Jobless rates across U.S. swing states showed uneven progress in September, underscoring how the economic realities for some of the most crucial voters are diverging just two weeks before the presidential election.
Among the most significant declines were Pennsylvania, Iowa, Minnesota and Wisconsin, while several saw increasing unemployment rates, including Texas, Arizona and North Carolina, according to Labor Department figures Tuesday. Across the nation, jobless rates were lower in 30 states, higher in eight and stable in 12, the report said.
The national unemployment rate dropped more than expected in September to 7.9% from 8.4%, a decline driven in part by a lower labor-force participation rate, Labor Department data showed earlier this month.
The uneven pace of recovery is becoming starker as the initial broad boost from re-openings wanes. The backsliding seen in several hotly contested states -- paired with the job cuts announced in late September by major employers like Walt Disney Co. and Allstate Corp. -- show how challenging it will be for any state labor market to fully recover as the virus continues to spread.
President Donald Trump has pointed to job strength before the pandemic and the robust rebound in payrolls in recent months as key reasons Americans should elect him for a second term. Tuesday’s report offers further insight into the softer-than-expected gain of 661,000 jobs in September, the third-straight month of deceleration.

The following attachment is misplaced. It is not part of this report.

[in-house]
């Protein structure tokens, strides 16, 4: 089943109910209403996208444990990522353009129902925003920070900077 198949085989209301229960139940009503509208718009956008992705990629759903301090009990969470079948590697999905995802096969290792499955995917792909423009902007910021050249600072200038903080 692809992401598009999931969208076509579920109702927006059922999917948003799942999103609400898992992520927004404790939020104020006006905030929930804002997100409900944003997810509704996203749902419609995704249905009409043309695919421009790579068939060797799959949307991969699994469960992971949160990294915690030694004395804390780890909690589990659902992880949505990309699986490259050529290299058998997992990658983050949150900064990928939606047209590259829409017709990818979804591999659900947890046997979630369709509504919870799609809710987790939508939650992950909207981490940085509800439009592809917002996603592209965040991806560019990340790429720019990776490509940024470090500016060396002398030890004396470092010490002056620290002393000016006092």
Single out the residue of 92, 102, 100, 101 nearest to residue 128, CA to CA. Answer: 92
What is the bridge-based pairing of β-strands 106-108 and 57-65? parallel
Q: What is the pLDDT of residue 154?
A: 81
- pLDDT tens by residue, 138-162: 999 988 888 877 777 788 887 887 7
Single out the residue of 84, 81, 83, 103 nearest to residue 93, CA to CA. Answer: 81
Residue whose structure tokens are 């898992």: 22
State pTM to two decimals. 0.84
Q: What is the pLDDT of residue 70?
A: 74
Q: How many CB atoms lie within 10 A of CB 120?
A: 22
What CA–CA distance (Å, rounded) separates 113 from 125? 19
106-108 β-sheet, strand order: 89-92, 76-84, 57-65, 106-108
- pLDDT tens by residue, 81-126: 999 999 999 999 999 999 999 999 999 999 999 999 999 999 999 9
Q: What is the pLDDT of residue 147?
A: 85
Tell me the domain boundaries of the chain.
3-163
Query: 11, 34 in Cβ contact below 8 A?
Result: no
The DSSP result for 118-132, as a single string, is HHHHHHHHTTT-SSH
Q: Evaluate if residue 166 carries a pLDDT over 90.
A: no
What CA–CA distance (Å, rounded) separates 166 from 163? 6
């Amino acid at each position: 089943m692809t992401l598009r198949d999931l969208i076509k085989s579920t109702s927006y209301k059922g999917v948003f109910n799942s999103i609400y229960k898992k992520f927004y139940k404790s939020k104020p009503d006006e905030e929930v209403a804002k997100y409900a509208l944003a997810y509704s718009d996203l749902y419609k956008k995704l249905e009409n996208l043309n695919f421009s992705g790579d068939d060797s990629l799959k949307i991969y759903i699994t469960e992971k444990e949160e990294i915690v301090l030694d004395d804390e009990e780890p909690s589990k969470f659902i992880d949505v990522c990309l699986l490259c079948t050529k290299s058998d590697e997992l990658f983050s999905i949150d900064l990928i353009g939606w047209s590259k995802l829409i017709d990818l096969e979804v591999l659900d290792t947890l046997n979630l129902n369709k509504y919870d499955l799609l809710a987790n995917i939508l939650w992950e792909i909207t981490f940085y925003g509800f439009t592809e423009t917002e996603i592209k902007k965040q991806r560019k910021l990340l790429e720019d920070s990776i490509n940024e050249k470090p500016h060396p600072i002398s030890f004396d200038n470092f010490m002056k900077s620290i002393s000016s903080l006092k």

In total, 30 states added jobs in September, while employment shrank in three and was essentially unchanged in 17. The biggest month-over-month payroll increases were in New York, California and New Jersey, while employment decreased in Indiana, Hawaii and Kansas.
Nevada’s unemployment rate eased somewhat to 12.6%, the second-highest reading after Hawaii. Five states recorded jobless rates that remained above 10%.
Nationally, the labor market has come a long way since the record job losses in March and April. Millions have returned to work, but payrolls are still more than 10 million below February’s level. The growing ranks of the long-term unemployed threaten to leave lasting economic scars, and the number of applications for regular state jobless benefits recently climbed to the highest since August.
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